Presented at the Salone del Mobile, Diez' collection includes a side chair - This - a lounge chair - That - and a stool, Other. Named for the famous card trick, This That Other recalls an earlier collection by Diez for e15, Houdini, in both its name and appearance.
Like Houdini, This That Other is defined by the angle of its curved back and upturned seat, and made from the same oak veneered plywood. Neither collection is ostentatious, instead creating design interest through unusual geometries and lines. Looking at the two collections next to one another, This That Other's ancestry is clear to see.
Yet the differences between the collections are hinted at by their magic-themed names. Houdini is artisanal and handcrafted; ill-suited to industrial manufacture. Like its namesake the escape artist Harry Houdini, it is something of a one-off; a characterful piece defined by the craftsmen who work to produce it.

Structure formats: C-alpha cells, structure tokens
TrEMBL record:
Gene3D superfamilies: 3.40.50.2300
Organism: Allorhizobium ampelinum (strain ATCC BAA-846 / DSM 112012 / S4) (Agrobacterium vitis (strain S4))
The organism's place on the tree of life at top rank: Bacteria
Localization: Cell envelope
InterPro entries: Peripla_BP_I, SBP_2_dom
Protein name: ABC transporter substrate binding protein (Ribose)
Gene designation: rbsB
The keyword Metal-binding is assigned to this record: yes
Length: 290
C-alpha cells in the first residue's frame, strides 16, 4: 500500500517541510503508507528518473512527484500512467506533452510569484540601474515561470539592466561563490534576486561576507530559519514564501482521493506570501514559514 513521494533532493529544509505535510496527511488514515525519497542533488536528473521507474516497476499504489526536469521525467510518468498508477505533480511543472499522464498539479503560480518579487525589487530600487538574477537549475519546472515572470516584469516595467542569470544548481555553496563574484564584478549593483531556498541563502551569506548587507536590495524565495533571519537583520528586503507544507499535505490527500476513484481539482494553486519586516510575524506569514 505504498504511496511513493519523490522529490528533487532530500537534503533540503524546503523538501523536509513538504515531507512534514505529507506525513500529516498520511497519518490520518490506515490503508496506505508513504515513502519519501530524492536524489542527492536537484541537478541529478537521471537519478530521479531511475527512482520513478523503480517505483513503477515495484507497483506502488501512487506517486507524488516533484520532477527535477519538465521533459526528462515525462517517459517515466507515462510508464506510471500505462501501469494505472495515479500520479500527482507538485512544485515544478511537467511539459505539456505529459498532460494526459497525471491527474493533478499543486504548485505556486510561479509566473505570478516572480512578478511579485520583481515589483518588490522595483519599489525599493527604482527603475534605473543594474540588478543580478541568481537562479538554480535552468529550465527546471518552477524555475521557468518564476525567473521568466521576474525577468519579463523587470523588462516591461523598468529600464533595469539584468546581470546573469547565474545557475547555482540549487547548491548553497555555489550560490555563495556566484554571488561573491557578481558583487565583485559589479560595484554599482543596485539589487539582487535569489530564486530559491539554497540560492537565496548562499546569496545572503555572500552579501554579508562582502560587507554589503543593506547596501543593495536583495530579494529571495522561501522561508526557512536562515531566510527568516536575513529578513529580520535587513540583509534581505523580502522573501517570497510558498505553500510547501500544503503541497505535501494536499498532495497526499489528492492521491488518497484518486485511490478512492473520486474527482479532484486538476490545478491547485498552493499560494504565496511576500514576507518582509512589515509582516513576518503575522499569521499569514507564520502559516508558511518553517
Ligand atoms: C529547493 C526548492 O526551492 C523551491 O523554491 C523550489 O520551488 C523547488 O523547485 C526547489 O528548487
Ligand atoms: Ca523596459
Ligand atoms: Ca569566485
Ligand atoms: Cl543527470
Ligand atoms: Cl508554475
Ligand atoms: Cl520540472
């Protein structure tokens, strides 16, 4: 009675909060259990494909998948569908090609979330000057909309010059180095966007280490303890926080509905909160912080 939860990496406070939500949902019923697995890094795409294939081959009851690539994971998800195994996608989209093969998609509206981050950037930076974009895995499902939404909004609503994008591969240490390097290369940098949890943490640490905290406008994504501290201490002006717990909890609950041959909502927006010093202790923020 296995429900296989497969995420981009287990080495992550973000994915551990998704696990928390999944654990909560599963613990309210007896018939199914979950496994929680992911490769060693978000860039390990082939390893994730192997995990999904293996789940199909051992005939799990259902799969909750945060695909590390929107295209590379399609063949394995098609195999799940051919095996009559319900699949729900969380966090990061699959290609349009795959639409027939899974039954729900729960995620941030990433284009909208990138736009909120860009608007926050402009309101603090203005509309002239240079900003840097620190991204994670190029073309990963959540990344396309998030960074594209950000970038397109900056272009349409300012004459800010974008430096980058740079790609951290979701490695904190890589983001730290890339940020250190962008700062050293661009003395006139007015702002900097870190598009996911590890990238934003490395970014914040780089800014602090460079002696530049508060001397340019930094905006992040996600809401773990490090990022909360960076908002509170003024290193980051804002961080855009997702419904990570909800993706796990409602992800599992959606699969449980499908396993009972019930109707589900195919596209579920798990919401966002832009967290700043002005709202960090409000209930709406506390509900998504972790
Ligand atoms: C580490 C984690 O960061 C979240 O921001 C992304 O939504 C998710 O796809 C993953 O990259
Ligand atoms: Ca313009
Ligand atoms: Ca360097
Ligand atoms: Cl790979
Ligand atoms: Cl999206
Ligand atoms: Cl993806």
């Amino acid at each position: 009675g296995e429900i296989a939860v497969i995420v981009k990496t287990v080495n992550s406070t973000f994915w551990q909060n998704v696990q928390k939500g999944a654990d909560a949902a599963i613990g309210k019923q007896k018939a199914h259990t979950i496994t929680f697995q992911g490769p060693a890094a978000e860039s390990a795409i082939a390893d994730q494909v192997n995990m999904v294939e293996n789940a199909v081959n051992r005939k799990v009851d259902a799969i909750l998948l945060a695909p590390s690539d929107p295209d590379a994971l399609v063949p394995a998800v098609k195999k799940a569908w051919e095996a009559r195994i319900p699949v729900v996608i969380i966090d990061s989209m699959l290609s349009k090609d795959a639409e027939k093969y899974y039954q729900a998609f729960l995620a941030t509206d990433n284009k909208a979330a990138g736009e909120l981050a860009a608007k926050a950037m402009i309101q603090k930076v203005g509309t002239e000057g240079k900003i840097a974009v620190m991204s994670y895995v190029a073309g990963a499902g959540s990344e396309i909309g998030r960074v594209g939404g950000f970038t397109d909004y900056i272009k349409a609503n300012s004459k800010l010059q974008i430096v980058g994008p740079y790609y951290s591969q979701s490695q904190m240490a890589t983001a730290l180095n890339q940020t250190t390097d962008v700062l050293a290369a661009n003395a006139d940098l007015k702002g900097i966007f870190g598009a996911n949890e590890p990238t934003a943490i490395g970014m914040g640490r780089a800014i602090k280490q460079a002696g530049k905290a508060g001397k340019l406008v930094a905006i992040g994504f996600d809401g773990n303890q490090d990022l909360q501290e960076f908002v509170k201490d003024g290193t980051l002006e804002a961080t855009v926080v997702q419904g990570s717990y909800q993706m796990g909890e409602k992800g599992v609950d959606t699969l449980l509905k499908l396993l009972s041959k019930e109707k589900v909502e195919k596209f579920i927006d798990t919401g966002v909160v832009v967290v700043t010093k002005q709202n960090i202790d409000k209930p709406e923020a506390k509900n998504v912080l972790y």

This That Other's connection to the eponymous card trick is equally apt. The This That Other trick is well known, its secret easily discoverable through google or youtube. While there may be only one Harry Houdini, any magician can perform This That Other. Similarly, Diez's new chair has been optimised for industry and is intended to be produced in numbers. It is, like its namesake, an easily repeatable trick.
Below, Diez discusses his new collection, it's connection to Houdini and why design needs to become less about designers and more about brands.
This is your second collection for e15 following 2009's Houdini and subsequent developments of that. How did you approach it?
The Houdini collection was quite strong from an aesthetical point of view. So we had a good background and that was a big advantage. With this second collection we looked at that first product and tried to evolve it, instead of confronting it with something completely different. This That Other is definitely a little Houdini. It’s not a radically new design we’ve put in the world; it’s an evolution from the Houdini adapted for a more heavy usage.